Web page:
Pollution by Design: Reducing Pollution Through Organizing
By Penny Newman
Thirty five years ago, I joined a rag tag group of moms who gathered together to decide how we were going to stop the exposures from the Stringfellow Acid Pits, a permitted Class 1 toxic dump site that accepted chemical wastes from throughout California. This was in response to an incident where the State of California, during a heavy rain period, released over one million gallons of liquid toxic waste into our community in order to relieve pressure on a the dam that was holding back 34 million gallons of hazardous waste. They did this without informing us, flooding our streets, and inundating our homes and school. Our children splashed in the puddles, made beards and became snow men in the frothy mounds of gray toxic foam.
When we realized what had happened, we decided we’d had enough. Concerned Neighbors in Action (CNA) formed to stop it. By 1980 we began to hear rumors of places like Love Canal and Times Beach, where communities were experiencing similar problems. Putting our heads and hearts together we launched into a decade long battle to make the system respond to the health crisis that we, and other communities, were facing. Our efforts changed laws, developed legal precedent and created new institutions.
In 1993, after stopping the exposures and winning a personal injury lawsuit with a $114 million settlement, CNA became the Center for Community Action and Environmental Justice (CCAEJ) to broaden our work and bring focus to the underlying factors of polluted communities. We learned that these situations don’t just appear by accident. They are the result of a system that seeks the lowest costs, which can lead to high polluting industries locating their operations in poorer communities and communities of color. This is why CCAEJ has developed a mission of “bringing people together to improve our social and natural environment,” as recognition that the social environment—economic, political, education— determine the fate of our community’s environment and our living conditions.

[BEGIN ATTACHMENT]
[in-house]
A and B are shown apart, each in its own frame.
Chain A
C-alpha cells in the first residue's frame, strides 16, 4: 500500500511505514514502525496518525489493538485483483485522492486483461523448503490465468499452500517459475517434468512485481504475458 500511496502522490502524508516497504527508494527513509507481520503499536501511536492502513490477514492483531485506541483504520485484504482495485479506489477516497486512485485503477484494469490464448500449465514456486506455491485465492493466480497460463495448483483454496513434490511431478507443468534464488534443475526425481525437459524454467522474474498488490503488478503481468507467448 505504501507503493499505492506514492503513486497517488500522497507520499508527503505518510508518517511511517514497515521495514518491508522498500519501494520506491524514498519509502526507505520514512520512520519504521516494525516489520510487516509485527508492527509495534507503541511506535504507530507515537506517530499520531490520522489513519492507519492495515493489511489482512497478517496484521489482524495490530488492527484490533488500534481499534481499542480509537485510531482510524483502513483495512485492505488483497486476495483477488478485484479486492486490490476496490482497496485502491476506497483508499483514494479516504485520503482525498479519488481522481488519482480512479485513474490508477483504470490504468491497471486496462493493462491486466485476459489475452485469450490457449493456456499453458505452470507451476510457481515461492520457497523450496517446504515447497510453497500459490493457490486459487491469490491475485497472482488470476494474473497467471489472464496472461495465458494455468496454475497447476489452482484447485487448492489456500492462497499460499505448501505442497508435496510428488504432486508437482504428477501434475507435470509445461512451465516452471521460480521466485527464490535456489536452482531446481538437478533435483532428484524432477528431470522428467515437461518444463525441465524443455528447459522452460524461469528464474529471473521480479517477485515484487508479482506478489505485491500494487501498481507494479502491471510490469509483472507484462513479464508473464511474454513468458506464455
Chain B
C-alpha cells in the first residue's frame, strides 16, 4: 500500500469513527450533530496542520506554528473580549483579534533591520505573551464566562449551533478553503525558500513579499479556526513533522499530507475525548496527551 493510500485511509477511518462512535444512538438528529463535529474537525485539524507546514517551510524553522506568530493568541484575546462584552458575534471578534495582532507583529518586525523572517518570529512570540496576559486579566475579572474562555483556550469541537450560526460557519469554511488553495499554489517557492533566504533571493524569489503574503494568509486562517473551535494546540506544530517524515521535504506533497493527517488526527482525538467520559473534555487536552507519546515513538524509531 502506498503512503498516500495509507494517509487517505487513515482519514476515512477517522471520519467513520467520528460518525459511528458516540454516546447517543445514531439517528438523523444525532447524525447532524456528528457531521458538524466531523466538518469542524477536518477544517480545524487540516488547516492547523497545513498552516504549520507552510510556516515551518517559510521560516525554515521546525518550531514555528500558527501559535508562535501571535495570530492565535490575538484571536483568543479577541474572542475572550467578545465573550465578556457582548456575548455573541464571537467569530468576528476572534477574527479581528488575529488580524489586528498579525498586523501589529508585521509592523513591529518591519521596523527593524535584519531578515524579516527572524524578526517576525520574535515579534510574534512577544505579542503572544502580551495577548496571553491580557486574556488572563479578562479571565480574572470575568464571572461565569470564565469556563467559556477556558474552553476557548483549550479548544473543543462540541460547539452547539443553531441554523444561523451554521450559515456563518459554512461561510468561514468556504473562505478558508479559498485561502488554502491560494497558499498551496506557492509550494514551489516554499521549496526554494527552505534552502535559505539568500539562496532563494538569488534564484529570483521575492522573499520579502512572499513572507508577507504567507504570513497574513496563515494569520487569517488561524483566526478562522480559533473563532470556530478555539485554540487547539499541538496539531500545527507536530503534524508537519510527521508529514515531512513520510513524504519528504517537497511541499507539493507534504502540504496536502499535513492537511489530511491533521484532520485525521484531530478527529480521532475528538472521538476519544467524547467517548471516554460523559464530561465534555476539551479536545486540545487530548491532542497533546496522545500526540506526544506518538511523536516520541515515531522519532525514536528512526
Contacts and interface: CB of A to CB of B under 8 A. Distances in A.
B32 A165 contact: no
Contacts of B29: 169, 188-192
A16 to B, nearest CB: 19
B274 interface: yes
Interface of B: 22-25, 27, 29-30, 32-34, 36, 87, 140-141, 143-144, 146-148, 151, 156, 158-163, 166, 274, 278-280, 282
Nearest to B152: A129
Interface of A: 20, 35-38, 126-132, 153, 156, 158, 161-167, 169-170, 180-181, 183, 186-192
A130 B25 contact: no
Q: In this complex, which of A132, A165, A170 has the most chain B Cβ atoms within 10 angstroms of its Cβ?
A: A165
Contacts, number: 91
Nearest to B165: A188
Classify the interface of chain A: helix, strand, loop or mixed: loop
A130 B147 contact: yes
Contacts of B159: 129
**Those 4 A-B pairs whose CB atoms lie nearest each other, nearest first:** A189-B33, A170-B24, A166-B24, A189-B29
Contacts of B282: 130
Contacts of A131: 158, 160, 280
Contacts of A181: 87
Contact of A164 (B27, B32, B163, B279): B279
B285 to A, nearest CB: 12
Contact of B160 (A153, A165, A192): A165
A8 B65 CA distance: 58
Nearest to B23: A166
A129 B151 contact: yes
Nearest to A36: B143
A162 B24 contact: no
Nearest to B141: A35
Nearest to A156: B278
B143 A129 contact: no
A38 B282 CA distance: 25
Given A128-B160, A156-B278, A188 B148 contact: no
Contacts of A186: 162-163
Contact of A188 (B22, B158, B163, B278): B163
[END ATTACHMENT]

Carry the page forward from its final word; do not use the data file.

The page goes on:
If we do not have the power to influence decisions in those systems, they will be used to advance other interests. It is not by accident that our small rural community ended up with the Stringfellow Acid Pits – it was a decision made by powerful interests taking advantage of the system. The goal was to find cheap places to dump their poisonous wastes in a place that is out of sight—commonly called “remote disposal.” While we knew this by instinct, our feelings were confirmed when we uncovered a report commissioned by the State of California and written by a consulting firm. It profiled the communities that would be the easiest to site polluting facilities. In the summary they write, “all socioeconomic groupings tend to resent the nearby siting of major facilities, but the middle and upper socioeconomic strata possess better resources to effectuate their opposition.”
In other words, pick the most vulnerable communities. Understanding that poor communities and communities of color are targeted for pollution is an important factor in how to attack the problems. That’s why CCAEJ works specifically in Inland Valley communities like Riverside and San Bernardino in Southern California; which face some of the highest levels of air pollution in the country today. Building power for these forgotten communities through leadership development, trainings, and actions; forcing the public and politicians to see the issues so they can’t be ignored or hidden; and flexing our political power is the true pathway to environmental justice.
Penny Newman is executive director and founder of the Center for Community Action and Environmental Justice (CCAEJ), which serves Riverside and San Bernardino counties. She began her fight for environmental justice with the battle of the Stringfellow Acid Pits, California’s worst toxic waste site. This 25-year battle of a small town against the pollution from the Stringfellow site is recounted in her book, “Remembering Stringfellow.” Ms. Newman has received numerous awards during her 27 years as an environmental activist, including Jurupa’s “Citizen of the Year.” Newman has also appeared on numerous television shows such as the “Remembering Your Spirit” segment of the Oprah Winfrey show. She was the subject of an HBO documentary, “Toxic Time Bomb.”
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